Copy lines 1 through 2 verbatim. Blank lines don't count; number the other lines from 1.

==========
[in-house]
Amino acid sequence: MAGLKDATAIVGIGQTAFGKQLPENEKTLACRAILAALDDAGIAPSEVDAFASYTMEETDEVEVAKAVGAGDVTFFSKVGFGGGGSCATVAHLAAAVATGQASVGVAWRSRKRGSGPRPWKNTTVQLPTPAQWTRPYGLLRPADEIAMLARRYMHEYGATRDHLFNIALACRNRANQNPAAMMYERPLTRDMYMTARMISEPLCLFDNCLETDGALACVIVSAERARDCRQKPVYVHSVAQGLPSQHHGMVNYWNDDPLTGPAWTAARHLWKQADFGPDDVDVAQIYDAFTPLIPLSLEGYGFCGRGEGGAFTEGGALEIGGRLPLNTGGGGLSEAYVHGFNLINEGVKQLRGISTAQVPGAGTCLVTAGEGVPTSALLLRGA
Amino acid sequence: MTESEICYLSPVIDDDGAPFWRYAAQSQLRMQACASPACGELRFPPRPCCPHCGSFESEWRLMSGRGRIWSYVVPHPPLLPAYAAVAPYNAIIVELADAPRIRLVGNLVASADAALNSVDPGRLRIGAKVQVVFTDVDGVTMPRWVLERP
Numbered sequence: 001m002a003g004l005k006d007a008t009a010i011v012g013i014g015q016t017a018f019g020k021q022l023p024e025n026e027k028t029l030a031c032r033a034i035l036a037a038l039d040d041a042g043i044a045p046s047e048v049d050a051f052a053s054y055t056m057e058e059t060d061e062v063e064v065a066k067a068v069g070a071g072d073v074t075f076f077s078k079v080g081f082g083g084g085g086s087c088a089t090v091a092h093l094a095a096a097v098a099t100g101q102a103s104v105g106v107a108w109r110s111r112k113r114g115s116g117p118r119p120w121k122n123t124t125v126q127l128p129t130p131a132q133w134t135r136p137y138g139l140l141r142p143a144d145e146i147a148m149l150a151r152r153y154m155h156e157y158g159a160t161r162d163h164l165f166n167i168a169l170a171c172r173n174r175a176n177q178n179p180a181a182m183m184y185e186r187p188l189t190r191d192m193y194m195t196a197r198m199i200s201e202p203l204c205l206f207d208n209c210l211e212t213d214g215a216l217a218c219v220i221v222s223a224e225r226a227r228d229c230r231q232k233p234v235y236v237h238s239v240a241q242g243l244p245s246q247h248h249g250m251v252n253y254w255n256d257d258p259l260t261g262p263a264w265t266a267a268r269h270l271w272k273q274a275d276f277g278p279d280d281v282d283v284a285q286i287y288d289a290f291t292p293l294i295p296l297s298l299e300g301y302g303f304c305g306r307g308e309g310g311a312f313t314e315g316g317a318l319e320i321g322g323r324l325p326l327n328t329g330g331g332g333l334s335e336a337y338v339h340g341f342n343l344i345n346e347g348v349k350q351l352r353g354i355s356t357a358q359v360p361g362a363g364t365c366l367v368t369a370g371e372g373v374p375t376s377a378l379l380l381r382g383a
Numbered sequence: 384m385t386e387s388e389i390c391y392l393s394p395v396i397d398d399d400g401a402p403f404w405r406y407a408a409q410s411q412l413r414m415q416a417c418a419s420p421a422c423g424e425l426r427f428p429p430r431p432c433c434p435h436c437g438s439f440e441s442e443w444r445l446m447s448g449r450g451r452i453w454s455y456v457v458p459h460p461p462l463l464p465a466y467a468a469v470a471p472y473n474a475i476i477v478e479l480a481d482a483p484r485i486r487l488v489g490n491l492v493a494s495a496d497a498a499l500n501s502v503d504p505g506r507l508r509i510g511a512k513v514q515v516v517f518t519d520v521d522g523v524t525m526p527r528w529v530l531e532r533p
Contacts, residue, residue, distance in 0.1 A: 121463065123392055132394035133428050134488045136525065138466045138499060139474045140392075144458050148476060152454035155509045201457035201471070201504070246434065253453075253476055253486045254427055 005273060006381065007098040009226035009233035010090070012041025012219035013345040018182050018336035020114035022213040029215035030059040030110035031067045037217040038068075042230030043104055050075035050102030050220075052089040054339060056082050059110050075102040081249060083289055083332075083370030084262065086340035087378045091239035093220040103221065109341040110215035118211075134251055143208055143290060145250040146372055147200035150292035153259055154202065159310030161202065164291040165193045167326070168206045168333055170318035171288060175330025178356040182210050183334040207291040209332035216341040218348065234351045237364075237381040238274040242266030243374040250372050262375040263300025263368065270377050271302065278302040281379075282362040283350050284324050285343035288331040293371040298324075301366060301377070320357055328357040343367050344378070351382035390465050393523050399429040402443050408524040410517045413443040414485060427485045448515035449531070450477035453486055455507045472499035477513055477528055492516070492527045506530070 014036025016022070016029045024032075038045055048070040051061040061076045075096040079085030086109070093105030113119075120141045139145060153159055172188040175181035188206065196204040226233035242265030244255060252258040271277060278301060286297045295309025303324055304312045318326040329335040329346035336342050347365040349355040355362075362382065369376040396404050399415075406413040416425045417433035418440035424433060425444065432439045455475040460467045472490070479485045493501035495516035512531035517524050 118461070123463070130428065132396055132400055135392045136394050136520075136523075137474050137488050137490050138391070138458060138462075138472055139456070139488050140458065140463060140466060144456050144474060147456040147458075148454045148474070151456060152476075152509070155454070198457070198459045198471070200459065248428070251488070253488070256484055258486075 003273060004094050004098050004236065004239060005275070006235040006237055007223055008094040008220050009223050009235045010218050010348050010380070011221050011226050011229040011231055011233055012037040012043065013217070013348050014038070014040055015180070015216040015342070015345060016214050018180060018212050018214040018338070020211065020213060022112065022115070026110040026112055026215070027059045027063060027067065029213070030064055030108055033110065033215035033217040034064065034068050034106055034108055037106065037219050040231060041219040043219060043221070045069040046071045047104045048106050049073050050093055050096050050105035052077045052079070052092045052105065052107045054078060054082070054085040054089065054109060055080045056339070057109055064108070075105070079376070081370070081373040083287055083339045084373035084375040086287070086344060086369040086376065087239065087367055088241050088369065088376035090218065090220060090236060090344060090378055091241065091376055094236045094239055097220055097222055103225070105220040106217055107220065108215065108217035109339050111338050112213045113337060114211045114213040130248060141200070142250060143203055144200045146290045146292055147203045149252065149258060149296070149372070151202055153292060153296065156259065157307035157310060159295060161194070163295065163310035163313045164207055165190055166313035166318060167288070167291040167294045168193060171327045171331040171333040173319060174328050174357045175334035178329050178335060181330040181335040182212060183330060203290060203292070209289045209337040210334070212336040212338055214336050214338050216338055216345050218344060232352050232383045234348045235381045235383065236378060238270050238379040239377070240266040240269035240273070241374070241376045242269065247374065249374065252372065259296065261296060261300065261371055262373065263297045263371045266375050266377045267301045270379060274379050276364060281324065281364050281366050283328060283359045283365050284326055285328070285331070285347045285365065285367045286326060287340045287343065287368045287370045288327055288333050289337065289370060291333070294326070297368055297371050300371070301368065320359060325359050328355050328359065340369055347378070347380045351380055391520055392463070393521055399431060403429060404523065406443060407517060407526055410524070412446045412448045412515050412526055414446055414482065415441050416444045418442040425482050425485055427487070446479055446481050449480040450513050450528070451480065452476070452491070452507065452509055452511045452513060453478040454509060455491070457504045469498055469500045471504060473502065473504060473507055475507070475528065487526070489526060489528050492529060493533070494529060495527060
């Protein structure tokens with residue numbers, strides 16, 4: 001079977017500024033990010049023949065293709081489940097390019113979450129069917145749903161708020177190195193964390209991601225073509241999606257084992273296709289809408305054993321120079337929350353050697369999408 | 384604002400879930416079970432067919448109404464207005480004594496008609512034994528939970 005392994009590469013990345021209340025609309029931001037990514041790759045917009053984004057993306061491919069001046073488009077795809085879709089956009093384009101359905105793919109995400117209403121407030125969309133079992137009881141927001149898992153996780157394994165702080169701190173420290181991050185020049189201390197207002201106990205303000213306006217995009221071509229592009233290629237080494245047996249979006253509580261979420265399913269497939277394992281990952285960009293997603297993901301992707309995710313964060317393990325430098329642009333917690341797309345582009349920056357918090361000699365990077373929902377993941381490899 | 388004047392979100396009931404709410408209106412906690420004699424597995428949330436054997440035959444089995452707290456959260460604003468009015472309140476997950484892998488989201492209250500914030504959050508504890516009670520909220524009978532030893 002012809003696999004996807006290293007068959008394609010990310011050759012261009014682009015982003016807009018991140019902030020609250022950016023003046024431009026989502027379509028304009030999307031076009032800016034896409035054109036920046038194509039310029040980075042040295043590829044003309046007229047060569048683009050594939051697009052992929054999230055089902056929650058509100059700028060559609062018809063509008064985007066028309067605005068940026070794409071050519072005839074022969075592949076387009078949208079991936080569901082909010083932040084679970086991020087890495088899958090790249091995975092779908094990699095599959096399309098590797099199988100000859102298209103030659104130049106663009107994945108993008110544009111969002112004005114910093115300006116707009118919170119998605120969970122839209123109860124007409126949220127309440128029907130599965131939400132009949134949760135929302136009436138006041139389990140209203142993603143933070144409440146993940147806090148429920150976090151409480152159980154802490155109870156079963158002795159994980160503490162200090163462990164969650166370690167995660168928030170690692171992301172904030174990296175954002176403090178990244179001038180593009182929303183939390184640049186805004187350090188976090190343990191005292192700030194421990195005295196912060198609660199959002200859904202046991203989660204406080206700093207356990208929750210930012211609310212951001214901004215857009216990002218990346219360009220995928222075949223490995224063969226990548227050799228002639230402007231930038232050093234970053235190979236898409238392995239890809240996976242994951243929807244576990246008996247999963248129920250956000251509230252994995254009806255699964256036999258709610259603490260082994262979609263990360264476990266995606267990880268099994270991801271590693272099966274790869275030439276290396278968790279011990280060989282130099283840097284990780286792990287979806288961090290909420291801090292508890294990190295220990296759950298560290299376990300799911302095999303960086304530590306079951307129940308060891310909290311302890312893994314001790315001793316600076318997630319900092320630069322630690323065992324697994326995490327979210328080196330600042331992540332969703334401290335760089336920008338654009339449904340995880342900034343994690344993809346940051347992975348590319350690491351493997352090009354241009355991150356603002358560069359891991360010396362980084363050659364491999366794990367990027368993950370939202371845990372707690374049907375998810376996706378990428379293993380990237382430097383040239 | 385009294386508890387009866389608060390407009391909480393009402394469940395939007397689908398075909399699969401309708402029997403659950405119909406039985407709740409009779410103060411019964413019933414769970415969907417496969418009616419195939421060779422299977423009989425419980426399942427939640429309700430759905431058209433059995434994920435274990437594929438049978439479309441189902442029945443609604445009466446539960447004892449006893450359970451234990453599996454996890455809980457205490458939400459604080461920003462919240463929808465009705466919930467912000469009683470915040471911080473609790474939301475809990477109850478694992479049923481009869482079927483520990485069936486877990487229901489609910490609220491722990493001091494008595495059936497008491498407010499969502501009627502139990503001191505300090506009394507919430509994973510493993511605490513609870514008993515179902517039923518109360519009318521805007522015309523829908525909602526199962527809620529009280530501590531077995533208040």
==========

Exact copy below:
[in-house]
Amino acid sequence: MAGLKDATAIVGIGQTAFGKQLPENEKTLACRAILAALDDAGIAPSEVDAFASYTMEETDEVEVAKAVGAGDVTFFSKVGFGGGGSCATVAHLAAAVATGQASVGVAWRSRKRGSGPRPWKNTTVQLPTPAQWTRPYGLLRPADEIAMLARRYMHEYGATRDHLFNIALACRNRANQNPAAMMYERPLTRDMYMTARMISEPLCLFDNCLETDGALACVIVSAERARDCRQKPVYVHSVAQGLPSQHHGMVNYWNDDPLTGPAWTAARHLWKQADFGPDDVDVAQIYDAFTPLIPLSLEGYGFCGRGEGGAFTEGGALEIGGRLPLNTGGGGLSEAYVHGFNLINEGVKQLRGISTAQVPGAGTCLVTAGEGVPTSALLLRGA